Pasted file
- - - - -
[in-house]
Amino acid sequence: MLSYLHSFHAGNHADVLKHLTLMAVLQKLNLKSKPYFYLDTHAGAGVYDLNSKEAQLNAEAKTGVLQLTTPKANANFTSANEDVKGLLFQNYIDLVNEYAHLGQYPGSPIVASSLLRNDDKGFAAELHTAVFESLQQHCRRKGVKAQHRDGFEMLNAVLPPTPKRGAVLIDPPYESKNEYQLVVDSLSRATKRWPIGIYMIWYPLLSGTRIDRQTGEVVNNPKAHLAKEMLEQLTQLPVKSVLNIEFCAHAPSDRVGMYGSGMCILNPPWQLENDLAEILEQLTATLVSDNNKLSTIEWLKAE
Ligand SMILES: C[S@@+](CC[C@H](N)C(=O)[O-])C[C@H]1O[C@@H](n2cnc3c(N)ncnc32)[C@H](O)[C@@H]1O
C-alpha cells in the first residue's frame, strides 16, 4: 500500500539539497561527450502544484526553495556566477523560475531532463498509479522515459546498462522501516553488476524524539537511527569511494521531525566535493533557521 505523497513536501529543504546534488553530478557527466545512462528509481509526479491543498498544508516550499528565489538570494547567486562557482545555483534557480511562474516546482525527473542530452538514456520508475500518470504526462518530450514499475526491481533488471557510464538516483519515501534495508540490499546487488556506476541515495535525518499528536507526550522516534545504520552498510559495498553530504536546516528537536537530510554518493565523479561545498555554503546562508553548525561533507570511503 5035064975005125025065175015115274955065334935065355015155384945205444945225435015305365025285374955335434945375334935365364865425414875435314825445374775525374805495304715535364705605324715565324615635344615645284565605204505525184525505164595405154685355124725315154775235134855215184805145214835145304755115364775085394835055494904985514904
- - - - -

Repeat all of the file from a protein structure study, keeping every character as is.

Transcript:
[in-house]
Amino acid sequence: MLSYLHSFHAGNHADVLKHLTLMAVLQKLNLKSKPYFYLDTHAGAGVYDLNSKEAQLNAEAKTGVLQLTTPKANANFTSANEDVKGLLFQNYIDLVNEYAHLGQYPGSPIVASSLLRNDDKGFAAELHTAVFESLQQHCRRKGVKAQHRDGFEMLNAVLPPTPKRGAVLIDPPYESKNEYQLVVDSLSRATKRWPIGIYMIWYPLLSGTRIDRQTGEVVNNPKAHLAKEMLEQLTQLPVKSVLNIEFCAHAPSDRVGMYGSGMCILNPPWQLENDLAEILEQLTATLVSDNNKLSTIEWLKAE
Ligand SMILES: C[S@@+](CC[C@H](N)C(=O)[O-])C[C@H]1O[C@@H](n2cnc3c(N)ncnc32)[C@H](O)[C@@H]1O
C-alpha cells in the first residue's frame, strides 16, 4: 500500500539539497561527450502544484526553495556566477523560475531532463498509479522515459546498462522501516553488476524524539537511527569511494521531525566535493533557521 505523497513536501529543504546534488553530478557527466545512462528509481509526479491543498498544508516550499528565489538570494547567486562557482545555483534557480511562474516546482525527473542530452538514456520508475500518470504526462518530450514499475526491481533488471557510464538516483519515501534495508540490499546487488556506476541515495535525518499528536507526550522516534545504520552498510559495498553530504536546516528537536537530510554518493565523479561545498555554503546562508553548525561533507570511503 5035064975005125025065175015115274955065334935065355015155384945205444945225435015305365025285374955335434945375334935365364865425414875435314825445374775525374805495304715535364705605324715565324615635344615645284565605204505525184525505164595405154685355124725315154775235134855215184805145214835145304755115364775085394835055494904985514904